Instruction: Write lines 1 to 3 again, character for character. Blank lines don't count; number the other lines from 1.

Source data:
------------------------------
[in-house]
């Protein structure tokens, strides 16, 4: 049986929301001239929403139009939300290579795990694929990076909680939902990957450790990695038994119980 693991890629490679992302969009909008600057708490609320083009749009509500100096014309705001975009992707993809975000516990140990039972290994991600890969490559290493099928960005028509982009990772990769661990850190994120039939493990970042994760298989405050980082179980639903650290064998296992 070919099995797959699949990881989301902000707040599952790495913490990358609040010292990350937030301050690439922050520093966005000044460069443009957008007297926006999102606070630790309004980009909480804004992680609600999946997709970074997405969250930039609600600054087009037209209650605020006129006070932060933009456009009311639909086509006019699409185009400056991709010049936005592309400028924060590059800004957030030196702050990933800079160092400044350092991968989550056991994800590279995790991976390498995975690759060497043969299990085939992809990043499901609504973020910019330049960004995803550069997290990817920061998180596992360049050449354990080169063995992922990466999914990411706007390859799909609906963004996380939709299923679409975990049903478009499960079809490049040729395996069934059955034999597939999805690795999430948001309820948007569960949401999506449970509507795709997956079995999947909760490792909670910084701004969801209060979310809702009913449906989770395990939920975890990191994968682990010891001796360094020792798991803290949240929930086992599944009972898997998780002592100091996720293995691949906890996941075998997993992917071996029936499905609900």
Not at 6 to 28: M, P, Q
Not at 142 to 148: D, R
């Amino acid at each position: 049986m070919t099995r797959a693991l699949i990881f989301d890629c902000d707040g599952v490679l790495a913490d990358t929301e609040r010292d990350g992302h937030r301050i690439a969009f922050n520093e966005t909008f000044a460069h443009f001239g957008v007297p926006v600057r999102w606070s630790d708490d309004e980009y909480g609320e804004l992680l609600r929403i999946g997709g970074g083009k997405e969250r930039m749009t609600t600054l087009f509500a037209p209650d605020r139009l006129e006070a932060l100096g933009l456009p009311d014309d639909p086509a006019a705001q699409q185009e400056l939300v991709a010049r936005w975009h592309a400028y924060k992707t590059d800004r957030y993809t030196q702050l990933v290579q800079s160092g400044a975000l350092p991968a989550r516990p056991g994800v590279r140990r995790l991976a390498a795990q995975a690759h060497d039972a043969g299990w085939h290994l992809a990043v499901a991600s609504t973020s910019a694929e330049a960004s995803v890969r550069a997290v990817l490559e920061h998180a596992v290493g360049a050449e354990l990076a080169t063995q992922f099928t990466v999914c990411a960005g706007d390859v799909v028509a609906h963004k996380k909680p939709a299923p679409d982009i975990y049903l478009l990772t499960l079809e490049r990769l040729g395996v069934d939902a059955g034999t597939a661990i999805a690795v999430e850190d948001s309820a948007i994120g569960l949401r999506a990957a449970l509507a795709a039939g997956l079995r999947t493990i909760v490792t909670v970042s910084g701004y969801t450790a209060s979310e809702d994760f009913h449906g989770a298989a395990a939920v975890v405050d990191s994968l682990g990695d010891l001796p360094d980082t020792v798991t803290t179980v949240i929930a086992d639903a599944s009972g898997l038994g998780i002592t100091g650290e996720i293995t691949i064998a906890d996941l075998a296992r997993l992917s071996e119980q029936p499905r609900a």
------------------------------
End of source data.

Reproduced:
[in-house]
């Protein structure tokens, strides 16, 4: 049986929301001239929403139009939300290579795990694929990076909680939902990957450790990695038994119980 693991890629490679992302969009909008600057708490609320083009749009509500100096014309705001975009992707993809975000516990140990039972290994991600890969490559290493099928960005028509982009990772990769661990850190994120039939493990970042994760298989405050980082179980639903650290064998296992 070919099995797959699949990881989301902000707040599952790495913490990358609040010292990350937030301050690439922050520093966005000044460069443009957008007297926006999102606070630790309004980009909480804004992680609600999946997709970074997405969250930039609600600054087009037209209650605020006129006070932060933009456009009311639909086509006019699409185009400056991709010049936005592309400028924060590059800004957030030196702050990933800079160092400044350092991968989550056991994800590279995790991976390498995975690759060497043969299990085939992809990043499901609504973020910019330049960004995803550069997290990817920061998180596992360049050449354990080169063995992922990466999914990411706007390859799909609906963004996380939709299923679409975990049903478009499960079809490049040729395996069934059955034999597939999805690795999430948001309820948007569960949401999506449970509507795709997956079995999947909760490792909670910084701004969801209060979310809702009913449906989770395990939920975890990191994968682990010891001796360094020792798991803290949240929930086992599944009972898997998780002592100091996720293995691949906890996941075998997993992917071996029936499905609900």
Not at 6 to 28: M, P, Q